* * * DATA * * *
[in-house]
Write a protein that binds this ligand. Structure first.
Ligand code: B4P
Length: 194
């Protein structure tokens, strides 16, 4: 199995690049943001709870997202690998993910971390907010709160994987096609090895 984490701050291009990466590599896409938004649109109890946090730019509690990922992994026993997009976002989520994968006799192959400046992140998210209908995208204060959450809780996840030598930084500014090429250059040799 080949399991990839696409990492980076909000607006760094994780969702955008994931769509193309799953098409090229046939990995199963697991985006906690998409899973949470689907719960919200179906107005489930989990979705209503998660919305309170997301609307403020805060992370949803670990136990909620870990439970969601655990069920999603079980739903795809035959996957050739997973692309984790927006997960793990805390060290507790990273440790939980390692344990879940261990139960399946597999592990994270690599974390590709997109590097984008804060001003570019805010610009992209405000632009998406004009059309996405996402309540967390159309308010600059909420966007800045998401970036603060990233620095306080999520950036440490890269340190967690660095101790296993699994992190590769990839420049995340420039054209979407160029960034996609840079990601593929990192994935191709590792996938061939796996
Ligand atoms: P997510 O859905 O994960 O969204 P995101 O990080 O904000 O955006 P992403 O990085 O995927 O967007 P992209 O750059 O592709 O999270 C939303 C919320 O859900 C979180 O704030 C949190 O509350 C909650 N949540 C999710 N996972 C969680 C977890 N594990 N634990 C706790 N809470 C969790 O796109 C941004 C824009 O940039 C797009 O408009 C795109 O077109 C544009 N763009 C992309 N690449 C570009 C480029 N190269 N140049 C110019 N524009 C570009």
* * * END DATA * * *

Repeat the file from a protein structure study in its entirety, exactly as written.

[in-house]
Write a protein that binds this ligand. Structure first.
Ligand code: B4P
Length: 194
């Protein structure tokens, strides 16, 4: 199995690049943001709870997202690998993910971390907010709160994987096609090895 984490701050291009990466590599896409938004649109109890946090730019509690990922992994026993997009976002989520994968006799192959400046992140998210209908995208204060959450809780996840030598930084500014090429250059040799 080949399991990839696409990492980076909000607006760094994780969702955008994931769509193309799953098409090229046939990995199963697991985006906690998409899973949470689907719960919200179906107005489930989990979705209503998660919305309170997301609307403020805060992370949803670990136990909620870990439970969601655990069920999603079980739903795809035959996957050739997973692309984790927006997960793990805390060290507790990273440790939980390692344990879940261990139960399946597999592990994270690599974390590709997109590097984008804060001003570019805010610009992209405000632009998406004009059309996405996402309540967390159309308010600059909420966007800045998401970036603060990233620095306080999520950036440490890269340190967690660095101790296993699994992190590769990839420049995340420039054209979407160029960034996609840079990601593929990192994935191709590792996938061939796996
Ligand atoms: P997510 O859905 O994960 O969204 P995101 O990080 O904000 O955006 P992403 O990085 O995927 O967007 P992209 O750059 O592709 O999270 C939303 C919320 O859900 C979180 O704030 C949190 O509350 C909650 N949540 C999710 N996972 C969680 C977890 N594990 N634990 C706790 N809470 C969790 O796109 C941004 C824009 O940039 C797009 O408009 C795109 O077109 C544009 N763009 C992309 N690449 C570009 C480029 N190269 N140049 C110019 N524009 C570009």